Creeps Embrace a New Tool: Peeping Drones
It was the blinking lights outside the 10th-story window of her San Jose, California, condo that startled Elsvette Buenaventura from her bed last year. When she drew back the curtain, a small drone hovered a few feet away. In the days that followed, it returned at least three more times.
Such stories have prompted lawmakers in a half-dozen U.S. states to outlaw the use of drones to snoop on people’s homes. More states are set to follow.
“We don’t know what he was looking for with his camera-drone,” said Buenaventura, 32. “All we felt was a violation of our privacy.”
For less than $1,000, small, remotely operated aircraft are increasingly available on the Internet and at hobby stores, and some can be equipped with equally affordable high-definition cameras. At the same time, some of America's biggest companies — names like Chevron Corp. and BNSF Railway Co. — are pushing to use drones for everything from pipeline inspection to land surveys. Their use has pushed lawmakers to weigh the rights of drone pilots against the potential for nefarious intrusions.
Camera-equipped drones have commercial uses — they can inspect crops, photograph real estate and survey land. As the government figures out how to regulate that activity, it has begun rapidly granting waivers from federal rules to drones-for-hire. Scores of companies have obtained permission to fly them.
Rules differ for mere enthusiasts. Officially, small drones may be flown only by hobbyists who belong to community-based organizations such as the Muncie, Indiana, Academy of Model Aeronautics and follow its rules. But growing numbers of non-members are sending them aloft.
Conflict is on the rise. A New Jersey man last year shot down a drone flying over his neighborhood. Last June, a woman in Connecticut was arrested after she was accused of assaulting a young man flying a helicopter drone over a public beach.
In the past two years, at least seven states have outlawed the use of drones to violate privacy, according to the National Conference of State Legislatures. California is considering a bill that would expand trespassing laws to include piloting a drone within 350 feet above private property without permission.
“Drones have a lot of potentially useful and extremely innovative uses,” said Senator Hannah-Beth Jackson, the California Democrat who introduced the bill. “Invading our privacy and property without permission shouldn’t be among them. When we’re in our backyards, with our families, we have an expectation that we have a right to privacy.”
The states’ efforts come as the federal government is preparing regulations for commercial use, and companies such as Amazon.com Inc. consider using them to make deliveries, reshape farmland management and make industrial inspections.
The National Telecommunications and Information Administration has convened a group to devise suggested privacy guidelines.
Other legal concerns have arisen. More than a dozen states regulate when and whether a warrant is required before police use a drone to gather evidence, according to the American Civil Liberties Union. This year, 44 states are considering another 147 drone-related bills.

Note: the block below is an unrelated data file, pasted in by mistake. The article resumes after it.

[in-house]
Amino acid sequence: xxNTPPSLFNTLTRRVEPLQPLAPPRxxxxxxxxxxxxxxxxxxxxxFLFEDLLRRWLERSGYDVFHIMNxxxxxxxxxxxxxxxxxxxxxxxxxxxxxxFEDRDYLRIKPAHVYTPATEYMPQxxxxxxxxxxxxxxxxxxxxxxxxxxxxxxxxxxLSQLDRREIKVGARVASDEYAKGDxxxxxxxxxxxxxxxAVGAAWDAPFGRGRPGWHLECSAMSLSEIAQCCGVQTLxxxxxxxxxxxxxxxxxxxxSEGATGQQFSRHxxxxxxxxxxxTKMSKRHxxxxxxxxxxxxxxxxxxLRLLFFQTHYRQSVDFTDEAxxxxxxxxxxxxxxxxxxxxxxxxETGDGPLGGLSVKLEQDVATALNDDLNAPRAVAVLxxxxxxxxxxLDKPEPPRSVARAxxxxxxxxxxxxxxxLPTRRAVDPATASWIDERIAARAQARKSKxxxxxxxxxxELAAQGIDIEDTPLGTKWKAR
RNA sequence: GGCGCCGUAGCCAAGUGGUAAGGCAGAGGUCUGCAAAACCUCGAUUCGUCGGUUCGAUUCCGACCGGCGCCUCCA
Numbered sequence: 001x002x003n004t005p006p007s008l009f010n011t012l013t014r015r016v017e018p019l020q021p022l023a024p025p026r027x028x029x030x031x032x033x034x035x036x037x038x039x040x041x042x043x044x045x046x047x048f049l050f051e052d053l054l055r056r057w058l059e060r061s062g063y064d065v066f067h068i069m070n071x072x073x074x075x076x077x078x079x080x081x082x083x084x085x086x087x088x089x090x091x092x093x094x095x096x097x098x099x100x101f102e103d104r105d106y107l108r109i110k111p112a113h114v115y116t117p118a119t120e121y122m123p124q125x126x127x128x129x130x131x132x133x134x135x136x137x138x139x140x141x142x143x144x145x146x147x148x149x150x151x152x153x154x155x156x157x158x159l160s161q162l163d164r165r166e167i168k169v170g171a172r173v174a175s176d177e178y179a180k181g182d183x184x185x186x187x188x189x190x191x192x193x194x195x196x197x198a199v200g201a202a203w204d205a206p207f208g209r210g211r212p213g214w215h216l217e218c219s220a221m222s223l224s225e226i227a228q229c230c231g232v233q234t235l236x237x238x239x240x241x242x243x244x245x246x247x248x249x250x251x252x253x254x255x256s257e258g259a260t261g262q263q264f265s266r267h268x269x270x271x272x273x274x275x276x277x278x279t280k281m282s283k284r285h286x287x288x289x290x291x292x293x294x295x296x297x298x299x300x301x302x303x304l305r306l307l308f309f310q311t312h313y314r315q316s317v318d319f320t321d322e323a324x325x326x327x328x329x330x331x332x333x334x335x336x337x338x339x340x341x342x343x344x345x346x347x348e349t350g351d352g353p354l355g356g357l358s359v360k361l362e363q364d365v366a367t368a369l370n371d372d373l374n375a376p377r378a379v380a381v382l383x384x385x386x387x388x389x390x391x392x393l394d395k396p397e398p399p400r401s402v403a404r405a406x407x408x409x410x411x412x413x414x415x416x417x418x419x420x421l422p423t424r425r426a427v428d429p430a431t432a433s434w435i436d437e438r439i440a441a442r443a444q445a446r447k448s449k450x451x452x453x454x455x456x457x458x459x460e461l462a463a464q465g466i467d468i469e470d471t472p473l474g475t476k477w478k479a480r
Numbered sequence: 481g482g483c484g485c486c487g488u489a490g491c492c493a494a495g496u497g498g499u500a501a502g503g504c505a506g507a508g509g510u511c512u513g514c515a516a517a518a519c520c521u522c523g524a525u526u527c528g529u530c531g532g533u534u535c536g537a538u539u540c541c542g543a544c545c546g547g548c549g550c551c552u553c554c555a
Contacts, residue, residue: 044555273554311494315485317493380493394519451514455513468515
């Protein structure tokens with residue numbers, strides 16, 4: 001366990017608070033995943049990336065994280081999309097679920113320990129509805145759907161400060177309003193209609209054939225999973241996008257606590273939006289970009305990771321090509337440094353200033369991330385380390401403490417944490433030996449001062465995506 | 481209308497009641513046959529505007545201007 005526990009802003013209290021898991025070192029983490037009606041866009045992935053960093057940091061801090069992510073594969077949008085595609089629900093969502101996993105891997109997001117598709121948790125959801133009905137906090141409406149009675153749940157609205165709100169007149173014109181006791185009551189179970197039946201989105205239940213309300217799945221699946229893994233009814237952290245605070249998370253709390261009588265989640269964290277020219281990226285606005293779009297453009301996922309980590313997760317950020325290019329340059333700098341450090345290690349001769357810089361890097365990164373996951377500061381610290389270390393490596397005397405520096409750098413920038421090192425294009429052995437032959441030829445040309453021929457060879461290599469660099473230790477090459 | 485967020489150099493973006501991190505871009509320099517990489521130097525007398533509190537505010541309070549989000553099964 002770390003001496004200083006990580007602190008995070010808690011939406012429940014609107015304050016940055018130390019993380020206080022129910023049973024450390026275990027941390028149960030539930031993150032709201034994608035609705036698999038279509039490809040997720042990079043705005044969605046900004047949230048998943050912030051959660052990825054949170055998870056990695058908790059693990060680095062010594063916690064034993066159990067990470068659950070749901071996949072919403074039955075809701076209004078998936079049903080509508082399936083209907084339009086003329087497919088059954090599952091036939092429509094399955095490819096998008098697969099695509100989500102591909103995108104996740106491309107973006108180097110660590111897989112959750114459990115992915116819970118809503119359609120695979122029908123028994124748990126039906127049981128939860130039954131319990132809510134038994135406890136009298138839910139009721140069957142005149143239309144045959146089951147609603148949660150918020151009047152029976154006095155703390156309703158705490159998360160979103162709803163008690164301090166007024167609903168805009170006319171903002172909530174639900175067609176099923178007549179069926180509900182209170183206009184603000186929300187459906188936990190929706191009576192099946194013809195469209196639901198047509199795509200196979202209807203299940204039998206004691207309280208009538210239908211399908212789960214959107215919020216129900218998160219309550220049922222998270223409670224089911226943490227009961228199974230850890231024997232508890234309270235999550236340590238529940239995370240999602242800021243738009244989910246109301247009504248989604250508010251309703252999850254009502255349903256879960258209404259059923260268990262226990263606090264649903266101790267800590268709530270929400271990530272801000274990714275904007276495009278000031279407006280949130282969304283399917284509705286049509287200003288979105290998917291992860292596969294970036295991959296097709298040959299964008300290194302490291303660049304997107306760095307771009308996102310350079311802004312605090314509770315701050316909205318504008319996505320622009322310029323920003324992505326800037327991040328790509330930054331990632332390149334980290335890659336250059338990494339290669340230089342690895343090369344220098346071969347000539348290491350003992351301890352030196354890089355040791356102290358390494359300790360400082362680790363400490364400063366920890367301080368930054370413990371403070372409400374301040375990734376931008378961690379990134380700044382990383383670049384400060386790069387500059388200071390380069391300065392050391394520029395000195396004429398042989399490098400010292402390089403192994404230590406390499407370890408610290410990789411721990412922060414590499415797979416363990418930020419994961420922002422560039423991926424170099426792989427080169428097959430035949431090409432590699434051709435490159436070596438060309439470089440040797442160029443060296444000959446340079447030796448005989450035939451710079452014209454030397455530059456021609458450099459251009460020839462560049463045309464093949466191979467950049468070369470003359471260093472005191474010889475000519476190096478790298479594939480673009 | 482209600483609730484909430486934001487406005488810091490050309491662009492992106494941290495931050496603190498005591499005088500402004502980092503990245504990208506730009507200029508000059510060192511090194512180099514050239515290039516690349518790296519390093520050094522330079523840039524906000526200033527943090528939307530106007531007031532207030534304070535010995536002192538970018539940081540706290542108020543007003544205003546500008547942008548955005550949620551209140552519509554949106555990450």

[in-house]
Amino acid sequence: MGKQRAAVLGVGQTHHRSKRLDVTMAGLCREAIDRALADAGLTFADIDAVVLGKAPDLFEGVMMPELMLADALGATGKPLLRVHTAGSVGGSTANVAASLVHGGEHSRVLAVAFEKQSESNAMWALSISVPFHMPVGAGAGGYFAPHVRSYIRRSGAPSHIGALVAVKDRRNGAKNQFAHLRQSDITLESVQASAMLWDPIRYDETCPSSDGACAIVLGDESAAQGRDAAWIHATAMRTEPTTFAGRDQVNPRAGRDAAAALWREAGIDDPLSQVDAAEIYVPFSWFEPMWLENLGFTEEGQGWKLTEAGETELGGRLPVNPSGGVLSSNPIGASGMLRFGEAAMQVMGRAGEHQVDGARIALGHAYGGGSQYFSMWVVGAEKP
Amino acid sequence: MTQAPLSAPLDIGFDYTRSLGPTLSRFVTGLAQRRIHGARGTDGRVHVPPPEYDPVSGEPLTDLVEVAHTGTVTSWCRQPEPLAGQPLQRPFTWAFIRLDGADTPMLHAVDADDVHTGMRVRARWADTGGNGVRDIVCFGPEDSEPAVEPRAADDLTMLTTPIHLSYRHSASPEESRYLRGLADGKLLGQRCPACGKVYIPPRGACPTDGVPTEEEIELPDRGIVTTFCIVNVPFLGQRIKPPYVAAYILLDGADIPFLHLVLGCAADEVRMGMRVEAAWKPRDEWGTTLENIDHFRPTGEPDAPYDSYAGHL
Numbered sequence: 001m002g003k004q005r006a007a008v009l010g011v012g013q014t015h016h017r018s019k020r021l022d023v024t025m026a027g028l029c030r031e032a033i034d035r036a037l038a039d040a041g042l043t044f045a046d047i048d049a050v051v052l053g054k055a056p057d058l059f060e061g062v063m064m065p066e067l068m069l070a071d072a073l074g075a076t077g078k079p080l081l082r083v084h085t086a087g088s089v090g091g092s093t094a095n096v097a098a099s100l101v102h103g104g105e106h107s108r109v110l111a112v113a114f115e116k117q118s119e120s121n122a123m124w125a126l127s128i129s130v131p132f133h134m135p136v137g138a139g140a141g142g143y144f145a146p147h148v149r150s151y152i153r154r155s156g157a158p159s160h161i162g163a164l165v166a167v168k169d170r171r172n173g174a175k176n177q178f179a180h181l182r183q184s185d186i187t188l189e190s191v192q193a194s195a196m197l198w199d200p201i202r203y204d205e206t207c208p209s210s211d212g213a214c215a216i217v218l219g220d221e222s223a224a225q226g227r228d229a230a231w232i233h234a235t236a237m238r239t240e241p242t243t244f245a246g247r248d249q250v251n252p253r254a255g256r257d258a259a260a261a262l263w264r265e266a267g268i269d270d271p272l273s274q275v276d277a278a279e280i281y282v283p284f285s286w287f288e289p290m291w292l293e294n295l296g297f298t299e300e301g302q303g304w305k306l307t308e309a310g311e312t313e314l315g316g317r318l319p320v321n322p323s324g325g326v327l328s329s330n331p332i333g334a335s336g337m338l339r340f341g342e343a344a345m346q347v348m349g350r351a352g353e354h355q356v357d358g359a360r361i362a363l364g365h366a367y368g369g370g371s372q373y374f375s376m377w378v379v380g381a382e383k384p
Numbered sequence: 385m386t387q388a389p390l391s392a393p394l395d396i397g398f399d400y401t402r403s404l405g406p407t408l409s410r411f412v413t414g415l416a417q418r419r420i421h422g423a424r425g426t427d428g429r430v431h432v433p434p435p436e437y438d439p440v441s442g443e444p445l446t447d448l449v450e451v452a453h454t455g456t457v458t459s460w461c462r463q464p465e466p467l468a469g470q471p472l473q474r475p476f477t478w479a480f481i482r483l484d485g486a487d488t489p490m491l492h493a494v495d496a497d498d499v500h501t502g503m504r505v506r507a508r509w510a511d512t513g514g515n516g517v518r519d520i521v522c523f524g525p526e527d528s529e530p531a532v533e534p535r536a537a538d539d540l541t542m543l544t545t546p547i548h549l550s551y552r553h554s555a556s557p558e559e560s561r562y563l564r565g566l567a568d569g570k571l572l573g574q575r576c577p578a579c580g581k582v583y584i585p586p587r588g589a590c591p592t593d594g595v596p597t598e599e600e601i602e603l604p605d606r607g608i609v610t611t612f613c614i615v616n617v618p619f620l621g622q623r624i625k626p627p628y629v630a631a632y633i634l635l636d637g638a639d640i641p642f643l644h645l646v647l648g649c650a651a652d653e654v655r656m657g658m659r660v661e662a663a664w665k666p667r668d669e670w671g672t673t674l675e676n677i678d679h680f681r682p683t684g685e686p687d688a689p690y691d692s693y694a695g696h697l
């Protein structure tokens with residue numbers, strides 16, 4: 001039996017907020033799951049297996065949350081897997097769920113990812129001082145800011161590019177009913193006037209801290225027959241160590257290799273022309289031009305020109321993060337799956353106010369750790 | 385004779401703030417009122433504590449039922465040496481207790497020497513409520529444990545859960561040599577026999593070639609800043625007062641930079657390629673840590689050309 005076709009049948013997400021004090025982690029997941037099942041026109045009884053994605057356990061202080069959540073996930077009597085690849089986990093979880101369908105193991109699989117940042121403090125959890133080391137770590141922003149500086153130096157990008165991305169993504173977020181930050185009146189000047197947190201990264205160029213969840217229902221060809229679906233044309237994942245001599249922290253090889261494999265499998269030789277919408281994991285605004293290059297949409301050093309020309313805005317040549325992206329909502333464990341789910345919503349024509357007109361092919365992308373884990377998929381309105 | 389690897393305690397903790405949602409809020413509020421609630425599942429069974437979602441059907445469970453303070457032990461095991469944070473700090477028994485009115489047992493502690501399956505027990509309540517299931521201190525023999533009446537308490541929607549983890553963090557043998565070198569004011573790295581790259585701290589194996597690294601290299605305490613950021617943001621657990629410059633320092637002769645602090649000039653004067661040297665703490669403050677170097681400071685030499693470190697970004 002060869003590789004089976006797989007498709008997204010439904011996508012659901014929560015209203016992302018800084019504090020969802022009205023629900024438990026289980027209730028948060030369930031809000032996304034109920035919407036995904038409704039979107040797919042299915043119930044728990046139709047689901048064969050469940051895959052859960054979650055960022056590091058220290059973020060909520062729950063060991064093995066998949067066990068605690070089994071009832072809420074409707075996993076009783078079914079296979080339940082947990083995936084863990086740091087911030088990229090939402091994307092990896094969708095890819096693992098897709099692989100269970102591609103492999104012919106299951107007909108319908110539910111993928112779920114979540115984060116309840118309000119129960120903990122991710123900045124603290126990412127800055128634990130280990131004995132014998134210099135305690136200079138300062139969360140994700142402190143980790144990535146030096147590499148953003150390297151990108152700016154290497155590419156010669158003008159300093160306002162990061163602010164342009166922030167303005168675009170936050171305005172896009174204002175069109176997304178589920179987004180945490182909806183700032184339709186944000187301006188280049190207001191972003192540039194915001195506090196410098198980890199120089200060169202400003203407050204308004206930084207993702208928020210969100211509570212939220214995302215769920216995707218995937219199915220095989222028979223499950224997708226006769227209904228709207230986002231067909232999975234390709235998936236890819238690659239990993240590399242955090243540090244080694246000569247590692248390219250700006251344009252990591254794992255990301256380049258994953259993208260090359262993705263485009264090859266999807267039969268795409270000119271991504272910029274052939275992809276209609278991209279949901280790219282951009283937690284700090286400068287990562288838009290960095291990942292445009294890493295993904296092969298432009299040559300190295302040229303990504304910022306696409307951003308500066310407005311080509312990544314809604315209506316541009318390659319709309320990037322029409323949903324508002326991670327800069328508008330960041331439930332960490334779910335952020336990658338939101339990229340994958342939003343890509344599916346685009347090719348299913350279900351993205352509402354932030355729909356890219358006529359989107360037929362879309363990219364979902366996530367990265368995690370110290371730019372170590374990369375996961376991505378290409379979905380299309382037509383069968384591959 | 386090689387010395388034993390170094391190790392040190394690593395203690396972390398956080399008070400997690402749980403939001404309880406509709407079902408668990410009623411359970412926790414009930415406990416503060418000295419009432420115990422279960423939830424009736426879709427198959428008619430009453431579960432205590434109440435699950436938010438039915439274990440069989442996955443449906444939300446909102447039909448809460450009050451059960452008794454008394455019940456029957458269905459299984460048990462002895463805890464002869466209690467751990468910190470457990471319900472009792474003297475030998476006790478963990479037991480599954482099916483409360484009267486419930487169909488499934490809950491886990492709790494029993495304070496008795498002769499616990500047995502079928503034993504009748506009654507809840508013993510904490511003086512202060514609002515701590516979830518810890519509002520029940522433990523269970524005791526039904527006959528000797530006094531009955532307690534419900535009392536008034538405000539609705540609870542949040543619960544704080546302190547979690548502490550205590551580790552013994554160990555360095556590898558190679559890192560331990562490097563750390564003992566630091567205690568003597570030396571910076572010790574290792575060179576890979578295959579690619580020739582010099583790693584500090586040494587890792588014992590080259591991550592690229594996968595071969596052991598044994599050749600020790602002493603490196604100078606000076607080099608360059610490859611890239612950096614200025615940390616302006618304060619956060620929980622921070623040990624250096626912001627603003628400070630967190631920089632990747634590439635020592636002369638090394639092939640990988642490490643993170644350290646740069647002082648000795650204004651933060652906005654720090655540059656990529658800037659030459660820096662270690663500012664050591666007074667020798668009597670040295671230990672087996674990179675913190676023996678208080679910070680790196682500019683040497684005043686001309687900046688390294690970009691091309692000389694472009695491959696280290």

Drone enthusiasts say the regulations are misguided and that their actions are misinterpreted by a nervous public unfamiliar with the technology and its promise.
States already protect citizens against Peeping Toms regardless of the technology involved, said Brendan Schulman, an attorney who specializes in drones at Kramer Levin Naftalis and Frankel in New York.
“Many of these state law proposals are an overreaction, because existing state privacy laws already cover the types of misconduct that people are most concerned about,” he said. “It shouldn’t matter if you use a tripod or a zoom lens or a hidden camera placed in a tree. If you’re invading someone’s privacy, it’s the misconduct that should be illegal, and not the technology.”
Schulman added that because of drones’ use by the military and police, there is a misconception about how people use drones and what the devices can do.
“As soon as you introduce a drone, there is an irrational reaction where people think that there is an invasion of privacy happening,” he said.
In Seattle last year, a woman called police to say a drone was spying into her 26th-floor apartment. In fact, a building developer had hired an aerial photography company to make images property nearby and wasn’t peeping into homes.
In another case, a man from Ulster, New York, was arrested in July and charged with a felony for flying a small, camera-equipped drone outside the windows of examination rooms at a medical office.
The man, David Beesmer, said in an interview that he had taken his mother to the office for an appointment and while he waited was flying his drone to capture images of the recently constructed building in the town, which is about 100 miles (160 kilometers) north of Manhattan.
Beesmer, a drone hobbyist and videographer, said he wanted to give the images to the property owner so they could be used in marketing materials. He insists he wasn’t peeping on people and that his camera isn’t capable of shooting through tinted glass windows. He is fighting the charges, which have been reduced to a misdemeanor.
“My mistake was not asking prior to shooting, and had I gone in and asked first, this would never have happened,” he said. “Of course simply because you now have a moving flying camera, it will make it more challenging to protect privacy from those who want to break your privacy.”
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